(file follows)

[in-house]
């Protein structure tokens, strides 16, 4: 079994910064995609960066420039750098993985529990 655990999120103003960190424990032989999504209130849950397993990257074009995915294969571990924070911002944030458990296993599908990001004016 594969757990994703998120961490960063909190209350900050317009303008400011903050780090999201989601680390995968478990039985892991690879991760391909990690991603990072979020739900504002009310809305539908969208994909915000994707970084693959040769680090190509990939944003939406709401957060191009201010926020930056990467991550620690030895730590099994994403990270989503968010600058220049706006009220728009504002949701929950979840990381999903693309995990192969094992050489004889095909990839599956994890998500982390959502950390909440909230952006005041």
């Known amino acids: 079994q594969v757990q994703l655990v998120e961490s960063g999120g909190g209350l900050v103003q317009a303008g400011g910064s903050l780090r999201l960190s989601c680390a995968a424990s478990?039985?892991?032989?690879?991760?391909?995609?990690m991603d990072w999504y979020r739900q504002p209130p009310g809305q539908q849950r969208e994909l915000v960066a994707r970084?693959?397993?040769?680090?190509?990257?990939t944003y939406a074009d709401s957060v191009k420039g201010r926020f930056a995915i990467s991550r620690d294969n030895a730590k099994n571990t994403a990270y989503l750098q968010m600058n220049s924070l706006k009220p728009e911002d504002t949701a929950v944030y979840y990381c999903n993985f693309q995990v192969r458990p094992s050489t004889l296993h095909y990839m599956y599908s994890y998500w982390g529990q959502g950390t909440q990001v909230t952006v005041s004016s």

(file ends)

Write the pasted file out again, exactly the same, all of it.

[in-house]
């Protein structure tokens, strides 16, 4: 079994910064995609960066420039750098993985529990 655990999120103003960190424990032989999504209130849950397993990257074009995915294969571990924070911002944030458990296993599908990001004016 594969757990994703998120961490960063909190209350900050317009303008400011903050780090999201989601680390995968478990039985892991690879991760391909990690991603990072979020739900504002009310809305539908969208994909915000994707970084693959040769680090190509990939944003939406709401957060191009201010926020930056990467991550620690030895730590099994994403990270989503968010600058220049706006009220728009504002949701929950979840990381999903693309995990192969094992050489004889095909990839599956994890998500982390959502950390909440909230952006005041």
């Known amino acids: 079994q594969v757990q994703l655990v998120e961490s960063g999120g909190g209350l900050v103003q317009a303008g400011g910064s903050l780090r999201l960190s989601c680390a995968a424990s478990?039985?892991?032989?690879?991760?391909?995609?990690m991603d990072w999504y979020r739900q504002p209130p009310g809305q539908q849950r969208e994909l915000v960066a994707r970084?693959?397993?040769?680090?190509?990257?990939t944003y939406a074009d709401s957060v191009k420039g201010r926020f930056a995915i990467s991550r620690d294969n030895a730590k099994n571990t994403a990270y989503l750098q968010m600058n220049s924070l706006k009220p728009e911002d504002t949701a929950v944030y979840y990381c999903n993985f693309q995990v192969r458990p094992s050489t004889l296993h095909y990839m599956y599908s994890y998500w982390g529990q959502g950390t909440q990001v909230t952006v005041s004016s």